• First of all, this work is BORING and I certainly can’t spend hours and hours every week doing this.  So I decided to get some cheap VAs (virtual assistants) to help.  I posted a very simple job opening on oDesk and within 2 hours had close to 50 applicants.  Whoa horsey!!!  I shut that faucet off as soon as I could chat the help desk to ask them how.
  • My personal ethics will not allow me to use black hat methods.  If you don’t know what that is, look it up on wikipedia.  Trust me, it’s bad.  But what it means is that I have to filter out any candidates who I think might use these techniques, because the last thing I want is for Grouvia’s reputation to be tarnished before we’re even one lap into the race.
  • You have to hit all different kinds of sites, from ebay and craigslist to blogs, article comments, review sites, and answer sites.  You have to hit the ones that have high PR, you have to hit them at different times of the day, and you have to hit them from different IP addresses and different devices and browsers.
  • Here’s a critical piece:  the things you hit have to be RELEVANT to your subject matter.  You can’t just hit anything — you have to hit stuff that means something to your site and your site’s audience.  For Grouvia I could hit anything group-related.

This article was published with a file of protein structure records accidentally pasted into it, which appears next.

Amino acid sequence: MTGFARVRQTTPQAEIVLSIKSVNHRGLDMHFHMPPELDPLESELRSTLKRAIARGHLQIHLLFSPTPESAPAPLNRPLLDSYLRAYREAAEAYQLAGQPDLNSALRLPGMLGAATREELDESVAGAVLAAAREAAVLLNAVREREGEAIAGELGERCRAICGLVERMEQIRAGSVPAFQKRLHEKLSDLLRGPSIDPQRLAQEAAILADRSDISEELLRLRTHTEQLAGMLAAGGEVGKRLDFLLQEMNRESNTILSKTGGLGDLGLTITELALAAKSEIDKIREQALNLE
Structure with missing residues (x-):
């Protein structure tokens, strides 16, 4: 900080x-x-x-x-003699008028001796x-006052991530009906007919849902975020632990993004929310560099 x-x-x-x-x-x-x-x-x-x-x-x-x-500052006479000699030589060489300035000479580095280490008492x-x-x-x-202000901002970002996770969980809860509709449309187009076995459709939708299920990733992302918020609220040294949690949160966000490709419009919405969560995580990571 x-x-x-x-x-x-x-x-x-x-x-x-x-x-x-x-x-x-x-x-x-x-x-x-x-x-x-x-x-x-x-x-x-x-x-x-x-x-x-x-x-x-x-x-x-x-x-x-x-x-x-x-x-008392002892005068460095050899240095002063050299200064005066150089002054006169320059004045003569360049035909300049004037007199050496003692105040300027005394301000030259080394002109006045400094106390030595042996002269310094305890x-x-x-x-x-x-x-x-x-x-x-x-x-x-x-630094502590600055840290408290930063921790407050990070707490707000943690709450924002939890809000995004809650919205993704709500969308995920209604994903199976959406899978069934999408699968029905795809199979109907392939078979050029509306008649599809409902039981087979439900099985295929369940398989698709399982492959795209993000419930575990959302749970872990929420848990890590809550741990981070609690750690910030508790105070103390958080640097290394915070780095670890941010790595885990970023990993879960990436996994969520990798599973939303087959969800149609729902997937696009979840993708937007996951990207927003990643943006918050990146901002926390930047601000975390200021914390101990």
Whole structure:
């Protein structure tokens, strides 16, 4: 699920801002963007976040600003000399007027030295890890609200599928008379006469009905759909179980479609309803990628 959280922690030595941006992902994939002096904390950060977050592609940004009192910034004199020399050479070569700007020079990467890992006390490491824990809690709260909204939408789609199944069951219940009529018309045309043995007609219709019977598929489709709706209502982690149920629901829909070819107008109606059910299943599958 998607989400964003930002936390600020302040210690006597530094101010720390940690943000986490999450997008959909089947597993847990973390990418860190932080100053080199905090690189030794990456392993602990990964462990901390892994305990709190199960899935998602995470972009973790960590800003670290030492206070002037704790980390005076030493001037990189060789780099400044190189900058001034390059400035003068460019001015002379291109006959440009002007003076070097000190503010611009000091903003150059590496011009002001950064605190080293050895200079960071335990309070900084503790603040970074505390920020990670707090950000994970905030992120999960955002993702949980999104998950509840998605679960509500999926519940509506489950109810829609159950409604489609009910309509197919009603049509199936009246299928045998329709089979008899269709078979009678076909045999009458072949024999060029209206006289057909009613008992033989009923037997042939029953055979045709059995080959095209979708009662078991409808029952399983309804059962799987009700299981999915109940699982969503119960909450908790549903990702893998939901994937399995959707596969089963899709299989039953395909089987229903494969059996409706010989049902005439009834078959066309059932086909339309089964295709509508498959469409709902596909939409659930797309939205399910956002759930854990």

• Finally, the things you say in these posts have to be relevant and valuable.  You can’t just put a comment on a blog post that says “thanks for the great post, signed soandso at http://www.grouvia.com”.  That would be spam and I get that all the time on my blog.  I trash them, even if it’s the only comment.  Especially the ones that are written by a non-English speaker.  Please.

My friend (the same one I talked about earlier) does this for a living.  She started doing it with stock sites when she was a day-trader, and according to her it works like a charm.

The whole thing seems really scummy, but everyone does it.  Apparently if you don’t do it your site is destined for Internet purgatory forever because nobody will ever find it.  Either that or you’ll have to pay for search engine advertisements which, when you have no money, is not much of an option.

[I just found this hilarious post called 101 Ways to Build Link Popularity.  Maybe he’ll see my link and link back to me.]

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    Outsourcing Made Easy?

    I recently listened to a podcast episode from Internet Business Mastery.  [Internet Marketing is not my business model, but as a busy entrepreneur I do appreciate all their tips on how to maximize your time so you can get more done with less effort.]

    This particular episode  had to do with outsourcing and coincidentally I was just about to start researching how this VA (Virtual Assistant) concept works. So after this podcast I decided it seemed easy enough, so I dug in.